Research Summary: Cannabis and Creativity, Drinking on the Job, and Political Polarization at Work
Below I review three recently published research articles, breaking them down into three sections: what it’s about, why it matters, and what you can do about it today. The three articles focus on the following:
The relationship between cannabis use and creativity,
How drinking on the job affects workplace aggression, and
Strategies for managers to deal with political polarization within their work teams.
1. Cannabis and Creativity
Our first study comes from Yu Tse Heng of the University of Virginia and her coauthors whose article, “Cannabis use does not increase actual creativity but biases evaluations of creativity,” recently published in the Journal of Applied Psychology.
What It’s About
This study looked at how cannabis use might affect two key outcomes: (1) actual creativity and (2) a person’s evaluations of creativity. The researchers guessed that using cannabis would increase people’s joviality, defined as “good-humored cheerfulness and conviviality,” and that this joyful feeling would broaden people’s thinking and open them up to new ideas. Namely, they thought that cannabis use would help people be more creative through this emotion.
What they found is that using cannabis doesn’t actually help a person be more creative, but it does increase joviality. That joviality, it appears, makes people more favorably evaluate their own creativity and the creativity of others. So it seems, at least from this study, that cannabis use isn’t helpful for creativity—but it makes you think you and others are being creative.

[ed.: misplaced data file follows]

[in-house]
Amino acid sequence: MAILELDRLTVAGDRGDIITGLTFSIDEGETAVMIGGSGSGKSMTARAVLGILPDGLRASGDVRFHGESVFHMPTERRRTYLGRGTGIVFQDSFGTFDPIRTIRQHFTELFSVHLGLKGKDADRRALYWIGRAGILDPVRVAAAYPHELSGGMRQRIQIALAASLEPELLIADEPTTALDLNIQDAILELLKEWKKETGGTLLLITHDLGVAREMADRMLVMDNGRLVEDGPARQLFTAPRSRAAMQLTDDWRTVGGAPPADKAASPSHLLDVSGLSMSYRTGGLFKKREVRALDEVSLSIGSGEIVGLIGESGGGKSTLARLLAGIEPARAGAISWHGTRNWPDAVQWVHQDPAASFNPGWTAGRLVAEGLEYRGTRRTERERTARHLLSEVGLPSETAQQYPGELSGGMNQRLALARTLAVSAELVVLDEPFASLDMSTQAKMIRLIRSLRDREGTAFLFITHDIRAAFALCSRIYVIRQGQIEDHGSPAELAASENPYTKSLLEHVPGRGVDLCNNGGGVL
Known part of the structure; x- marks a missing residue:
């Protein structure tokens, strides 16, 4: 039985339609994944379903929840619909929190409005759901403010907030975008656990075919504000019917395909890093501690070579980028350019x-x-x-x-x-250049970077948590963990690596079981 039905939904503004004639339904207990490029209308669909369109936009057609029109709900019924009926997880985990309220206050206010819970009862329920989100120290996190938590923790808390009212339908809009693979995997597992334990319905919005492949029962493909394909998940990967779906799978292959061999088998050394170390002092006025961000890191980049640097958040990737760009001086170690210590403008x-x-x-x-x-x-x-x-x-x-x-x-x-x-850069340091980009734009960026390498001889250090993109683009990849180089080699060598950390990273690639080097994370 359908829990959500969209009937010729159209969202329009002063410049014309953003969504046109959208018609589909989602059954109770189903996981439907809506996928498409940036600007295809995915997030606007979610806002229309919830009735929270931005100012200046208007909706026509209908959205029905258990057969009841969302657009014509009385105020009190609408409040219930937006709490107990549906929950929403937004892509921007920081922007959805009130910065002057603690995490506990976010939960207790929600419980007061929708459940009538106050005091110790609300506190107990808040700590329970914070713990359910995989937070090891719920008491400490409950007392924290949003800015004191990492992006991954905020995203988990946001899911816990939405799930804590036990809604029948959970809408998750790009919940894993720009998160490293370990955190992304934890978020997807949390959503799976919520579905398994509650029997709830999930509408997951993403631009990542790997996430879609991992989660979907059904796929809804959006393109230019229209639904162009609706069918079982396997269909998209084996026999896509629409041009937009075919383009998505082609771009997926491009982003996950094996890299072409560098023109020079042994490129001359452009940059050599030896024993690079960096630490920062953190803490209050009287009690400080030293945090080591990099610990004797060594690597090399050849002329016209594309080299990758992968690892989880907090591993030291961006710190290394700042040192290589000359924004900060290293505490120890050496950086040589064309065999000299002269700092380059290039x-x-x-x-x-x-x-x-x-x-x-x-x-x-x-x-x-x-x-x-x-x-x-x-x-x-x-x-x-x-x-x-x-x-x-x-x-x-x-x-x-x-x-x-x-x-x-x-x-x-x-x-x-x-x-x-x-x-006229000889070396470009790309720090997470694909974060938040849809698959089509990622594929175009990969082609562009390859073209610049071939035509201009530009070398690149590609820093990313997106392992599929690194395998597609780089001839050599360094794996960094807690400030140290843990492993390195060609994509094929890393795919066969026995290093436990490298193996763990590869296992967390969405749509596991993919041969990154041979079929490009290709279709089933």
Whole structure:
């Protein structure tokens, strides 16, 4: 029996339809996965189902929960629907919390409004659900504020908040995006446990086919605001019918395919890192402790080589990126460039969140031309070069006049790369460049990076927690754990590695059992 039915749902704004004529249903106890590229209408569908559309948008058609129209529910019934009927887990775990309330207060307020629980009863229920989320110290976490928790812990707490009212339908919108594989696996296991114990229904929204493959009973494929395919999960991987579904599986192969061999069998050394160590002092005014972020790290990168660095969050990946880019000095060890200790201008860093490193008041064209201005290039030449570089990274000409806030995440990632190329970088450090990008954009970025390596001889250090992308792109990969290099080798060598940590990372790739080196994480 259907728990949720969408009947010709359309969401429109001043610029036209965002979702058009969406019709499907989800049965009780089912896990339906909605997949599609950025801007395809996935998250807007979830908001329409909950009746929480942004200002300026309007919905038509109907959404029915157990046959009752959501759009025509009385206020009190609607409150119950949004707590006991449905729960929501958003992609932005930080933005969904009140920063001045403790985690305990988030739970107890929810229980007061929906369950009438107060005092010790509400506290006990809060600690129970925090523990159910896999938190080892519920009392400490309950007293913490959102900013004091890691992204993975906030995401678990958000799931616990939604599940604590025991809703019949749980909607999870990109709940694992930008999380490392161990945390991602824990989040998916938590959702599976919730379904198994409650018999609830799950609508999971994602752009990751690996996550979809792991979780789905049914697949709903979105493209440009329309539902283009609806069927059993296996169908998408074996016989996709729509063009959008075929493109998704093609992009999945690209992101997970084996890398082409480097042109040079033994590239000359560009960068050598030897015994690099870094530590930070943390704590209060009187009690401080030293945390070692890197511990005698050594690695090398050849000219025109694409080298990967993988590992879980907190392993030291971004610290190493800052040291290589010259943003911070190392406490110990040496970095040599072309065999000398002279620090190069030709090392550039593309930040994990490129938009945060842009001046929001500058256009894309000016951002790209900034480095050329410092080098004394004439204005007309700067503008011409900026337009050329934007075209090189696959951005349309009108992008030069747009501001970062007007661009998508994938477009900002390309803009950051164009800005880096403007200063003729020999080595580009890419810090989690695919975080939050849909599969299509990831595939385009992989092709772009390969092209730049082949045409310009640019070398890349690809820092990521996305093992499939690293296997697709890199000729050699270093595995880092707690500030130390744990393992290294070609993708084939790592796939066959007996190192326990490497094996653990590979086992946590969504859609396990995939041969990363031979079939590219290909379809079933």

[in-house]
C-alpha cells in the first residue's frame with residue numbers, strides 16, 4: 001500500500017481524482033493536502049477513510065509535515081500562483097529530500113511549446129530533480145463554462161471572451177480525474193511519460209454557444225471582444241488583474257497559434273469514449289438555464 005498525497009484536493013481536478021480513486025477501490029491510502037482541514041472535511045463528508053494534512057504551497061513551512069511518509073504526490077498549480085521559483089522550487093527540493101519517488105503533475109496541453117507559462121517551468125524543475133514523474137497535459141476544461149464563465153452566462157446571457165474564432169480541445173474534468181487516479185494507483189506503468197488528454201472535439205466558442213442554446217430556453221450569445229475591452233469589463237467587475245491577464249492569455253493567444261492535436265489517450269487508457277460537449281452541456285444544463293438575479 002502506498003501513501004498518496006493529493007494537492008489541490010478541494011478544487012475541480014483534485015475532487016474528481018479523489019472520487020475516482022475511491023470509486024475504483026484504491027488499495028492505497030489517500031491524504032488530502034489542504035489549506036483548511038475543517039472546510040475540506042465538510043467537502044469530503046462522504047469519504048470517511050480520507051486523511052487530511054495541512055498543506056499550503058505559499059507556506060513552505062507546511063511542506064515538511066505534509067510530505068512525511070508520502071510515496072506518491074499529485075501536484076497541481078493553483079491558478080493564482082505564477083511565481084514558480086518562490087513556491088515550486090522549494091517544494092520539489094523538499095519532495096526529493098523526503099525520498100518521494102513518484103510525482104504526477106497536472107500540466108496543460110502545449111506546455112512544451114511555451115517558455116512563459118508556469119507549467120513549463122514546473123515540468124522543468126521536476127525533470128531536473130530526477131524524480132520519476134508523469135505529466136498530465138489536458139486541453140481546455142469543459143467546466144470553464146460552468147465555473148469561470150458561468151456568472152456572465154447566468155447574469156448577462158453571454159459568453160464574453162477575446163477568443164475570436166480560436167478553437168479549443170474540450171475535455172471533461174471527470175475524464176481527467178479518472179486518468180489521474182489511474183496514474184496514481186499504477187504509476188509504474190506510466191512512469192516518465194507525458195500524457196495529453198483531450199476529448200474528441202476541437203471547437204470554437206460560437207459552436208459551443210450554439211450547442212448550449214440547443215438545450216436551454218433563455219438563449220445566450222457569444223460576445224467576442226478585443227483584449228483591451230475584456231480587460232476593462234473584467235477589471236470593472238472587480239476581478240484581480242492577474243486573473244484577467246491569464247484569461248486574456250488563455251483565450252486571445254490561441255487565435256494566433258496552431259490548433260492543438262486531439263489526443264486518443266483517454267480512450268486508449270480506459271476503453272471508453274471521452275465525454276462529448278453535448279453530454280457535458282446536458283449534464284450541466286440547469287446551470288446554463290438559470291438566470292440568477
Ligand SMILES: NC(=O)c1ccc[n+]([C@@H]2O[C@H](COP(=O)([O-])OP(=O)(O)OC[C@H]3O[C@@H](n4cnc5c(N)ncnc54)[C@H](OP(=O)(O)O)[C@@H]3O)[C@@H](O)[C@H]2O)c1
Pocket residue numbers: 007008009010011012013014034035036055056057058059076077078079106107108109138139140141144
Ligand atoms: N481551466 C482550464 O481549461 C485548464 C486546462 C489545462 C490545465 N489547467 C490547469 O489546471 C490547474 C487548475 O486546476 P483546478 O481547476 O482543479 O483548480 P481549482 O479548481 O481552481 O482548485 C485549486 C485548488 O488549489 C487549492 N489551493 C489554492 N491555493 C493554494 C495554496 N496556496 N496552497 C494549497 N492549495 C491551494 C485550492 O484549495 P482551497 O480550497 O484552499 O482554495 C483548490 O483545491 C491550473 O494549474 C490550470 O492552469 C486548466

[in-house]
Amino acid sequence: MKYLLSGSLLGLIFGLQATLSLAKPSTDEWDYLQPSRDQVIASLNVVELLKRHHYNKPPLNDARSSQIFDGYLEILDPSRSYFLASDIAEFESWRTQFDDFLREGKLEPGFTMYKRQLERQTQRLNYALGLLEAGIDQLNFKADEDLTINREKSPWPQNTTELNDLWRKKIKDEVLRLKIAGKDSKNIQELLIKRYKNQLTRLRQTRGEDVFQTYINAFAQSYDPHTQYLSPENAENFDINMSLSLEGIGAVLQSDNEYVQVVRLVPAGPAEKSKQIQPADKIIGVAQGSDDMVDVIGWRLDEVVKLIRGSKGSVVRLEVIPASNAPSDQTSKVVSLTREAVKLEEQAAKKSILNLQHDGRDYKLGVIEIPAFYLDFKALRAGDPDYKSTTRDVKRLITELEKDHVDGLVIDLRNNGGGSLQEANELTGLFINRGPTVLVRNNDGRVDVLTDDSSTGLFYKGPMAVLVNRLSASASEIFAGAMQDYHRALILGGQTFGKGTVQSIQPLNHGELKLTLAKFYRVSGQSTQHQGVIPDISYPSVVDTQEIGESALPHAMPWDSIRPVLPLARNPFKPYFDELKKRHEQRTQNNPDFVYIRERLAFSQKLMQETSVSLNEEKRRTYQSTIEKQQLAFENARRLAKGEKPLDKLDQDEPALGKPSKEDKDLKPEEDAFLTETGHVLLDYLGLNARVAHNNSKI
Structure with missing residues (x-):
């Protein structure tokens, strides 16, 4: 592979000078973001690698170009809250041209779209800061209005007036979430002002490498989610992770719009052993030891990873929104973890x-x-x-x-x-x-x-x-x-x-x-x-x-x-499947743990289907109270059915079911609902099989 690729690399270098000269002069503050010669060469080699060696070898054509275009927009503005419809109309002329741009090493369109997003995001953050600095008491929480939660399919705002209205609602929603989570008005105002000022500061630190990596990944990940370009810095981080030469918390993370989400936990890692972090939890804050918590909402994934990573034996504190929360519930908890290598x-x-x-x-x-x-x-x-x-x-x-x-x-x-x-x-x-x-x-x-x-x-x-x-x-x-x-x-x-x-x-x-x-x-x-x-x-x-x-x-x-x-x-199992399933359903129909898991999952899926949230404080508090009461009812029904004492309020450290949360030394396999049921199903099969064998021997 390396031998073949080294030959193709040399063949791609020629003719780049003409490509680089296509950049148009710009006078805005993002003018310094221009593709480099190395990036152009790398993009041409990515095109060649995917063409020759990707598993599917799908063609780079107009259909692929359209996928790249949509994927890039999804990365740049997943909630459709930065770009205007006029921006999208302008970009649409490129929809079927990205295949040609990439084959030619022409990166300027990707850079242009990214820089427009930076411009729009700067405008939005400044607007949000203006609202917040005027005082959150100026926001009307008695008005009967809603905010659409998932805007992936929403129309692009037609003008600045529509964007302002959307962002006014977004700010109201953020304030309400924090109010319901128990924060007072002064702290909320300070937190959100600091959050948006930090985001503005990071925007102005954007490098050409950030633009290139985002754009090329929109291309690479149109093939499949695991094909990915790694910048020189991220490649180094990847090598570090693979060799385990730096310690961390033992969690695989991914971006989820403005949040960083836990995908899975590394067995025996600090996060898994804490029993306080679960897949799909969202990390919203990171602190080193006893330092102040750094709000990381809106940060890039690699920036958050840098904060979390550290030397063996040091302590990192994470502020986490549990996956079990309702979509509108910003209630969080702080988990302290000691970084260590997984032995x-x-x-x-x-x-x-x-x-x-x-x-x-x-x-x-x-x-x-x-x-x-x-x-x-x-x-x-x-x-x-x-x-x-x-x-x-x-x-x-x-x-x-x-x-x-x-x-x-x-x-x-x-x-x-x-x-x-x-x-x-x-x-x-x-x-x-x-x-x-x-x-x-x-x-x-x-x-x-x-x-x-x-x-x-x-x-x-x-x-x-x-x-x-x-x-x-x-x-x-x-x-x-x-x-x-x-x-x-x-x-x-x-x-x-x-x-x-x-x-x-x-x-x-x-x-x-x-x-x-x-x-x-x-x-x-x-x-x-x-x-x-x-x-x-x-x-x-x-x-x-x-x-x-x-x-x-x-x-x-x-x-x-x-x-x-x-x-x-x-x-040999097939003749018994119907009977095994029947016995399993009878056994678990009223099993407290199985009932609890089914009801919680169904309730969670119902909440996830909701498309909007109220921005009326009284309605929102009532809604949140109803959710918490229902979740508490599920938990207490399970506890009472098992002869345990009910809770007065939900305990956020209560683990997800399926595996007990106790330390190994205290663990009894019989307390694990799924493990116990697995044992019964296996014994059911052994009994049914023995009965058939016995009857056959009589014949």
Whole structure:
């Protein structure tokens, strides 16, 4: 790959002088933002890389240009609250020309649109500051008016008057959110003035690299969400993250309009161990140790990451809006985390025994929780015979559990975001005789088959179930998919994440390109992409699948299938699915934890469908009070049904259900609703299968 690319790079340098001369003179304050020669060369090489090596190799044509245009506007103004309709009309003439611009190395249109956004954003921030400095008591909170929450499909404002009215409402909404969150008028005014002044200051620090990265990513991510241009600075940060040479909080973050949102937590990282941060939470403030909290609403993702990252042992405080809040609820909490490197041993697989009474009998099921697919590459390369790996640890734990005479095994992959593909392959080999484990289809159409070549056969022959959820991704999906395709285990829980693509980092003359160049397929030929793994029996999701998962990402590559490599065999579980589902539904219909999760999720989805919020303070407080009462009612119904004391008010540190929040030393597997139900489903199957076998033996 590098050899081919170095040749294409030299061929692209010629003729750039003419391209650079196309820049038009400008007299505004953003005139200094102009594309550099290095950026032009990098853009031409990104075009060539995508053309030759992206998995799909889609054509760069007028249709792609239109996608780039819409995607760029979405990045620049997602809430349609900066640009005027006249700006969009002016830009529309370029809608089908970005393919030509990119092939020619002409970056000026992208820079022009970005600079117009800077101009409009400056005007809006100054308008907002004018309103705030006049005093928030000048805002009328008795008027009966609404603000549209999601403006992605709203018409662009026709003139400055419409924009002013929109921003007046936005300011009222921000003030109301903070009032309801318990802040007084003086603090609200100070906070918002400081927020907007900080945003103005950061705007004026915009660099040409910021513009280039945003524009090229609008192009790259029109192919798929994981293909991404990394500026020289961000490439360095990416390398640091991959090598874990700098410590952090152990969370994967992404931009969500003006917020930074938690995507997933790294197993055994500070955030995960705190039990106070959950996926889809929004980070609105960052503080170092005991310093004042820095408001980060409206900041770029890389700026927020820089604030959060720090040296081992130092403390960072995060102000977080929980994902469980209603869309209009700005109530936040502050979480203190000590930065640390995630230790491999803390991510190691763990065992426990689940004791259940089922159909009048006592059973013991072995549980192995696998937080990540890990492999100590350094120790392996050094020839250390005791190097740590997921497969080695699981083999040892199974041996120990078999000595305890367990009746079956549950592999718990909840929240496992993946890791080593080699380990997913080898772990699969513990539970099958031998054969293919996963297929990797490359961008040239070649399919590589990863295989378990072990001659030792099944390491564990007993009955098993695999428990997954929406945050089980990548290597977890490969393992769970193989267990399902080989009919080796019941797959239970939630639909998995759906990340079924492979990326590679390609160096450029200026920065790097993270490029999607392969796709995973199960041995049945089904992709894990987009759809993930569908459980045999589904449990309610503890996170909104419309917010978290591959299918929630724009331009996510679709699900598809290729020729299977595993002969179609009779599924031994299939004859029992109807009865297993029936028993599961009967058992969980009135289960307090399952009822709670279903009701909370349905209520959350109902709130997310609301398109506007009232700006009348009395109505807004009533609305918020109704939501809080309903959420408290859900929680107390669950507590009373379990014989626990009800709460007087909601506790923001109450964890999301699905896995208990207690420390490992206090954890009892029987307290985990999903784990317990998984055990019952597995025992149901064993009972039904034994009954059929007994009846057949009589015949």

Why It Matters
Creativity, or the production of ideas or solutions that are both novel and useful, has numerous benefits at work. Regardless of whether the business itself is in a “creative” industry or sector, it’s hard to find a reasonable manager or executive anywhere who doesn’t want good, new ideas that help the team or organization. Yet the somewhat common idea that marijuana use can somehow help you be more creative appears to be a myth.
What You Can Do
Continue to encourage creativity, but don’t turn to cannabis use as your means of doing so. Instead:
Continue to abide by all rules and regulations regarding substance use and the workplace, even if your cannabis use is legal in your state. Employers in the United States still have a duty to foster a safe work environment.
If the idea that cannabis use helps people be more creative comes up in conversation, dispel that myth. Cannabis use may make you think you’re creative, but it’s not likely to help you actually be creative.
As the legal and social landscape regarding cannabis use continues to evolve in the United States, stay informed. Here’s an article that might be helpful from a human resource management perspective.
2. Drinking on the Job
Emma Lei Jing, Michelle Inness, and Ian R. Gellatly—all of the University of Alberta—wrote this article, titled “The effect of alcohol consumption on workplace aggression: What’s love (and job insecurity) go to do with it?” It was published in 2023 in the Journal of Managerial Psychology.